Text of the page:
In this post, we will cover the basics of SQL commands with short and easy to understand examples.
This list of SQL commands are the ones that you will most likely be using, so get to know them pretty well.
Each SQL command is provided with a description and an example code snippet.
Most Common SQL Commands
SQL statements can be grouped in different categories:
Data Definition Language(DDL) Commands
- CREATE: creates a new database object, such as a table.
- ALTER: used to modify the database object
- DROP: used to delete the objects.
Data Manipulation Language(DML) Commands
- INSERT: used to insert a new data row record in a table.
- UPDATE: used to modify an existing record in a table.
- DELETE: used delete a record from the table.
Data Query Language(DQL) Commands
- SELECT: it is the DQL command to select data from the database.
Data Control Language(DCL) Commands
- GRANT: used to assign permission to users to access database objects.
- REVOKE: used to deny permission to users to access database objects.
Data Transfer Language(DTL) Commands
- COMMIT: used to save any transaction into the database permanently.
- ROLLBACK: restores the database to the last committed state.
In this post, we will cover the commands for DDL, DML and DQL.
The first thing we need to do to work with SQL is to create a database. The
CREATE DATABASE statement does exactly that.
CREATE DATABASE testDB
CREATE TABLE statement creates a new table in a database.
CREATE TABLE Employees ( EmployeeID int, FirstName varchar(255), LastName varchar(255), Department varchar(255) );
INSERT INTO statement inserts new rows of data into a table
INSERT INTO Employees (FirstName, LastName, Department) VALUES ('Sam', 'Burger', 'IT');
SELECT is one of the main and most used SQL command. It selects data from a database and returns the table of results, called the result-set.
SELECT firstName, lastName FROM Employees;
SELECT command when used with an asterisk
* operator, selects all records from a specified table.
SELECT * FROM Employees
SELECT DISTINCT returns only the data that is distinct; i.e. does not include duplicate entries.
SELECT DISTINCT Department FROM Employees;
SELECT INTO statement selects specified data from a table and copies it to another table.
SELECT firstName, entryGraduated INTO StudentAlumni FROM Students;
SELECT TOP specifies the maximum number or percentage of data entries to return in a result-set.
SELECT TOP 50 PERCENT * FROM Customers;
WHERE clause is used to filter results based on a specified condition.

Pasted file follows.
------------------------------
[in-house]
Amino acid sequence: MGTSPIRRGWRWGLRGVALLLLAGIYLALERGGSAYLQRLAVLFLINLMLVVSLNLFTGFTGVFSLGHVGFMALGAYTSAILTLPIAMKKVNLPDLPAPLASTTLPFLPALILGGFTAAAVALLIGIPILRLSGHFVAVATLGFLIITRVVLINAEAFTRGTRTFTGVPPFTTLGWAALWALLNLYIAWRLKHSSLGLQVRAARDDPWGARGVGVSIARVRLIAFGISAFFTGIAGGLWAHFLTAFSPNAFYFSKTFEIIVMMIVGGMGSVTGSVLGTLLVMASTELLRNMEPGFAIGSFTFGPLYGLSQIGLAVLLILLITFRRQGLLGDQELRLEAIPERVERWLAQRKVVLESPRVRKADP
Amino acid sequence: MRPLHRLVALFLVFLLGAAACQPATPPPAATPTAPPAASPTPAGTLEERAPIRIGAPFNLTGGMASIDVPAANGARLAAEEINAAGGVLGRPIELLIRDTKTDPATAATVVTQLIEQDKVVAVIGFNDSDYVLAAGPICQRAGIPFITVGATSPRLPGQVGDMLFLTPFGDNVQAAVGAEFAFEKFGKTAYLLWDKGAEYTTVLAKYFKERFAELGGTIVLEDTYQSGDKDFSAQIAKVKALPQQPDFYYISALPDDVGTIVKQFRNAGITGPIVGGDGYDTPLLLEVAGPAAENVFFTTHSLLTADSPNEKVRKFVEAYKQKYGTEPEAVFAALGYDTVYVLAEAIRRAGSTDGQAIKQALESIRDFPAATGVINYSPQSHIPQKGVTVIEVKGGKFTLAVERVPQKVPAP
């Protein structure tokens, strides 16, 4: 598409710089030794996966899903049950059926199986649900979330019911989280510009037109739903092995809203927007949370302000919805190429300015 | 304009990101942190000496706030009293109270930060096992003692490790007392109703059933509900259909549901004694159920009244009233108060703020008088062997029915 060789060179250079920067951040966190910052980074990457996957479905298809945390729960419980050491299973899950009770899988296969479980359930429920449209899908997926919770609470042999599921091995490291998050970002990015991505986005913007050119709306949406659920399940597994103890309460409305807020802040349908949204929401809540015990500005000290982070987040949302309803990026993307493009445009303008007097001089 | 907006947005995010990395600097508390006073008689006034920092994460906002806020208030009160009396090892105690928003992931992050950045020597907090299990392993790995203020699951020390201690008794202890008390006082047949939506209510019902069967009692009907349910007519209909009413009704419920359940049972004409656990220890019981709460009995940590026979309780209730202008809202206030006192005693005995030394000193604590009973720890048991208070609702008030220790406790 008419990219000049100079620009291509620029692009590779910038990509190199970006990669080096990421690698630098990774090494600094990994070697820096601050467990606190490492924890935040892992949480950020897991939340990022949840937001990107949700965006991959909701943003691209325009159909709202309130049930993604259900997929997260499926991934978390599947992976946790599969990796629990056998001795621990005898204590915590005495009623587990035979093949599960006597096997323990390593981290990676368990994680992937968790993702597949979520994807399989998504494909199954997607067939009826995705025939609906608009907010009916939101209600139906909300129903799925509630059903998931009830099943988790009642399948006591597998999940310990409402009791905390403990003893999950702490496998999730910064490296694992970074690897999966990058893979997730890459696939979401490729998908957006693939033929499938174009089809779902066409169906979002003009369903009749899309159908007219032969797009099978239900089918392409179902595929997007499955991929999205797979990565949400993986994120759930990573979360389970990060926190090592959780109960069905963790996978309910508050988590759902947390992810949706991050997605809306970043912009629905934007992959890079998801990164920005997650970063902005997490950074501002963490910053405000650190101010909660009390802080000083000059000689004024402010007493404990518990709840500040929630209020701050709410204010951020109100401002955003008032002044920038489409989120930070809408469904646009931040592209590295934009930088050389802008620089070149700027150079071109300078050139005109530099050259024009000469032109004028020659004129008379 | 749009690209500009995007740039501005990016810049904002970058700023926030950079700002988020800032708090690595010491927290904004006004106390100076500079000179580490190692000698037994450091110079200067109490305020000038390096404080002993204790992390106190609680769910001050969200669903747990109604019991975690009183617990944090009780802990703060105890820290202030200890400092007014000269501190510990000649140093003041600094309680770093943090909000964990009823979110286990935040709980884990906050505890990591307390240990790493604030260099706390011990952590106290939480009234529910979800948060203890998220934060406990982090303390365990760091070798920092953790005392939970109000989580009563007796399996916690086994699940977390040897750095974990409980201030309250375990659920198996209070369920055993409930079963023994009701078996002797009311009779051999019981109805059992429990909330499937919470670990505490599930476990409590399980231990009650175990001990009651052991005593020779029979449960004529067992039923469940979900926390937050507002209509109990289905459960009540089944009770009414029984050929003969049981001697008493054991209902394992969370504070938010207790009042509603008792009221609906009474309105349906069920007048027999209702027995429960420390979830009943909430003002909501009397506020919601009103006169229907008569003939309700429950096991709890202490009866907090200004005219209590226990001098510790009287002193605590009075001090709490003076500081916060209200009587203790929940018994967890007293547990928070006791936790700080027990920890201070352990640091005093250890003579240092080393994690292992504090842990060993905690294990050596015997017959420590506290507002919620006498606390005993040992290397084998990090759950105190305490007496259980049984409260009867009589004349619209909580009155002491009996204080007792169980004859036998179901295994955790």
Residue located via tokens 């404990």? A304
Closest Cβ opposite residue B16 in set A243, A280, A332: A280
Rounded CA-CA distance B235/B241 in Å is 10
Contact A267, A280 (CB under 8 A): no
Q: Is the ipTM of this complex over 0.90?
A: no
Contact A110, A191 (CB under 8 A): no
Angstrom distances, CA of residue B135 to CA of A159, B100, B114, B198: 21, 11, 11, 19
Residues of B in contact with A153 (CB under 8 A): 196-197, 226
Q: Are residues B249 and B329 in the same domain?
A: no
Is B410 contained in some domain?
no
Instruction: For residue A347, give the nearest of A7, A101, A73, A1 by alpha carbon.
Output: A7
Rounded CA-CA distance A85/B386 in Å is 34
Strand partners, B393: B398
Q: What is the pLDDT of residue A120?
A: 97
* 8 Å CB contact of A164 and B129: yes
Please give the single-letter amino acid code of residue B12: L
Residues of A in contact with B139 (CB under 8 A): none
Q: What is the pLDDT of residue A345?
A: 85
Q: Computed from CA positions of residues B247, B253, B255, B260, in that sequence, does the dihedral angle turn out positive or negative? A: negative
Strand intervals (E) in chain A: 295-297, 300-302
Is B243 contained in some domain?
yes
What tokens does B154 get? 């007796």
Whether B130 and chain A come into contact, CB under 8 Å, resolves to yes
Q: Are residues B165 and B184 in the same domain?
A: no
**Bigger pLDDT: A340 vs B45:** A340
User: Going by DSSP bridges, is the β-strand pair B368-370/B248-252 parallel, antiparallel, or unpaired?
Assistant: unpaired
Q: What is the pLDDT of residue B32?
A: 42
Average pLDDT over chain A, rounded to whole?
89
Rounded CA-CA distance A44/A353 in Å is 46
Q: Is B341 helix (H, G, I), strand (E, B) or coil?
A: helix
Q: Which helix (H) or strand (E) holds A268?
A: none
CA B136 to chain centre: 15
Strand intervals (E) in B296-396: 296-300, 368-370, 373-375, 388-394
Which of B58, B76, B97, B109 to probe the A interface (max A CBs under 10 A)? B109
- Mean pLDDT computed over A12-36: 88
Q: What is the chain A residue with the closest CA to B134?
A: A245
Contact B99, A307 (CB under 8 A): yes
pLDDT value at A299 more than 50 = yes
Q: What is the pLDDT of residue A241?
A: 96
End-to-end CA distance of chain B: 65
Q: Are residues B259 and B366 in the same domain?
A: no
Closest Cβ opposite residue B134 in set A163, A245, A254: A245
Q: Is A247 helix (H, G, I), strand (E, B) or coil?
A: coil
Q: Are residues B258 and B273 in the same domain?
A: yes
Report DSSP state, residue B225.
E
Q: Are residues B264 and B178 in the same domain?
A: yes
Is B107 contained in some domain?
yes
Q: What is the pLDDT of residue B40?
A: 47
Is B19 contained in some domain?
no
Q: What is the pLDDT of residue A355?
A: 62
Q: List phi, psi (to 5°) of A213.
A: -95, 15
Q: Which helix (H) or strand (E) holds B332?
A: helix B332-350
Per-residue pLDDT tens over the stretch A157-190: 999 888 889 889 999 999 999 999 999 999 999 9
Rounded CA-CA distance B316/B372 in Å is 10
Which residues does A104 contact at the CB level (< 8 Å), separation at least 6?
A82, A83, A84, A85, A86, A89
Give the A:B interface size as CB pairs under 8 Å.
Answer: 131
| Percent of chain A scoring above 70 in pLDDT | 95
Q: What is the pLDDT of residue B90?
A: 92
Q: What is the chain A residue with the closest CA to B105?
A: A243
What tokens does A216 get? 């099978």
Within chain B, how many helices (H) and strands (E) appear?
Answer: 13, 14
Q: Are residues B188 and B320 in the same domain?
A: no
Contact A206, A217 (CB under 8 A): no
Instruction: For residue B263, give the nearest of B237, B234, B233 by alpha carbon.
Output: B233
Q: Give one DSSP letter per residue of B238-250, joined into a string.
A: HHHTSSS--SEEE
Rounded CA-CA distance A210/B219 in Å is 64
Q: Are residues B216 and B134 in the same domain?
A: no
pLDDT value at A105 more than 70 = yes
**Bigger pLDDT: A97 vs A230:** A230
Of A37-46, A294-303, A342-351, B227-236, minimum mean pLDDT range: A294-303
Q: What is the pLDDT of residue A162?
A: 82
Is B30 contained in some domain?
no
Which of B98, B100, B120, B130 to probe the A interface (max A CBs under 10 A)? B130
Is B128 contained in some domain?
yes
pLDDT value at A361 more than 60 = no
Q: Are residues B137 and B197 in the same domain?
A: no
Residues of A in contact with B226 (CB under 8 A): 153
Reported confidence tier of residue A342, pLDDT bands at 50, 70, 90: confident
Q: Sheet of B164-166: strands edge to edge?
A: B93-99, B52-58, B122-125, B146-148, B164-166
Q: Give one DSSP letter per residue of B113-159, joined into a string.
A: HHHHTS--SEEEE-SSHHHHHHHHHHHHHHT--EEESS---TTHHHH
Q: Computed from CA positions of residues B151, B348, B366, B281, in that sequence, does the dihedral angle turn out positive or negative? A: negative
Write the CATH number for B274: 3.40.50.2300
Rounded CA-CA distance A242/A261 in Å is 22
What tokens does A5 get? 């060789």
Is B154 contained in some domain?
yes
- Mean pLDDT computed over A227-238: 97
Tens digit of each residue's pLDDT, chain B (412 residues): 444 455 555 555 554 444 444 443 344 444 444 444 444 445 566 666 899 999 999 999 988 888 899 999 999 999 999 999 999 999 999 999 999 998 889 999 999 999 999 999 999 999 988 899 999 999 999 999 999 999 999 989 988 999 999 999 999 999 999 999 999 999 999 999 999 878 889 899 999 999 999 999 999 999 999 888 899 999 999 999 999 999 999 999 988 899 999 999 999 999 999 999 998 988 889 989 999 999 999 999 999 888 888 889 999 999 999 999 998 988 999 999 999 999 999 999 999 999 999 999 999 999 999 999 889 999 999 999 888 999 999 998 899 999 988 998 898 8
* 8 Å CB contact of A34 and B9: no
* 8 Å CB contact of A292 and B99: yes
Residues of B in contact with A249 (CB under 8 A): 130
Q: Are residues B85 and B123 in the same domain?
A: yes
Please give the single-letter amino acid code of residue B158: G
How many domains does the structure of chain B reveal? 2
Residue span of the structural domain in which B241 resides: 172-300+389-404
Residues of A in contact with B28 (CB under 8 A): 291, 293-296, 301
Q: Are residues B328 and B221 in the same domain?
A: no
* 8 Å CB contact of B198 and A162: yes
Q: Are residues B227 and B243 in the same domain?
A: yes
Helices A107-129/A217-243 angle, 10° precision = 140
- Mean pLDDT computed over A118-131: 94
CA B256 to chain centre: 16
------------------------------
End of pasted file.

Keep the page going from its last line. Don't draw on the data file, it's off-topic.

SELECT * FROM Employees WHERE department = 'IT';
GROUP BY command arranges identical data from different rows into groups, thus creating summarizing rows.
SELECT COUNT(Department), Department FROM Employees GROUP BY Department;
HAVING clause performs the same as the
WHERE clause, but the difference is that
HAVING only works with aggregate functions. Likewise,
WHERE clause doesn’t work with aggregate functions.
SELECT COUNT(Department), Department FROM Employees GROUP BY Department HAVING COUNT(Department) > 2;
IN operator includes multiple values into the WHERE clause.
SELECT * FROM Employees WHERE Department IN ('IT', 'Graphics', 'Marketing');
BETWEEN operator filters the results and returns only the ones that fit the specified range.
SELECT * FROM Employees WHERE JoiningDate BETWEEN '01-01-2015' AND `01-01-2020`;
AND / OR
OR are conditional statements. In
AND, all conditions must meet a specified criteria. In
OR any of the conditions that satisfy a given criteria returns a result.
SELECT * FROM Employees WHERE Department = 'IT' AND JoiningDate > '01-01-2015';
SELECT * FROM Employees WHERE Department ='IT' OR Department = 'Graphics';
AS works as an alias. With
AS, we can rename a column to something more meaningful or shorter in the query, without having to change the name in the database.
SELECT FirstName AS fname, LastName AS lname FROM Employees;
INNER JOIN combines rows from different tables.
SELECT Orders.ID, Customers.Name FROM Orders INNER JOIN Customers ON Orders.ID = Customers.ID;
LEFT JOIN retrieves records from the left table that match records in the right table.
SELECT Customers.CustomerName, Orders.OrderID FROM Customers LEFT JOIN Orders ON Customers.CustomerID = Orders.CustomerID ORDER BY Customers.CustomerName;
Opposite of the LEFT JOIN, the
RIGHT JOIN retrieves records from the right table that match records in the left table.
SELECT Orders.OrderID, Employees.LastName FROM Orders RIGHT JOIN Employees ON Orders.EmployeeID = Employees.EmployeeID ORDER BY Orders.OrderID;
FULL JOIN returns all the records that match either in left or right tables.
SELECT Customers.Name, CustomerOrders.ID FROM Customers FULL OUTER JOIN Orders ON Customers.ID = CustomerOrders.customerID ORDER BY Customers.Name;
DELETE statement removes certain rows from the table that meet a specified condition.
DELETE FROM Employees WHERE FirstName = 'Sam' AND LastName = 'Burger';
ALTER TABLE to add or remove columns from a table.
ALTER TABLE Employees ADD JoiningDate date;
TRUNCATE TABLE removes data entries from a table in a database, but keeps the table structure.
TRUNCATE TABLE temp_table
DROP TABLE statement deletes the whole table with its column parameters and datatype settings.
DROP TABLE temp_table
DROP DATABASE deletes the whole specified database together with all its parameters and data.
Be extra cautious when using this command.
DROP DATABASE temp_db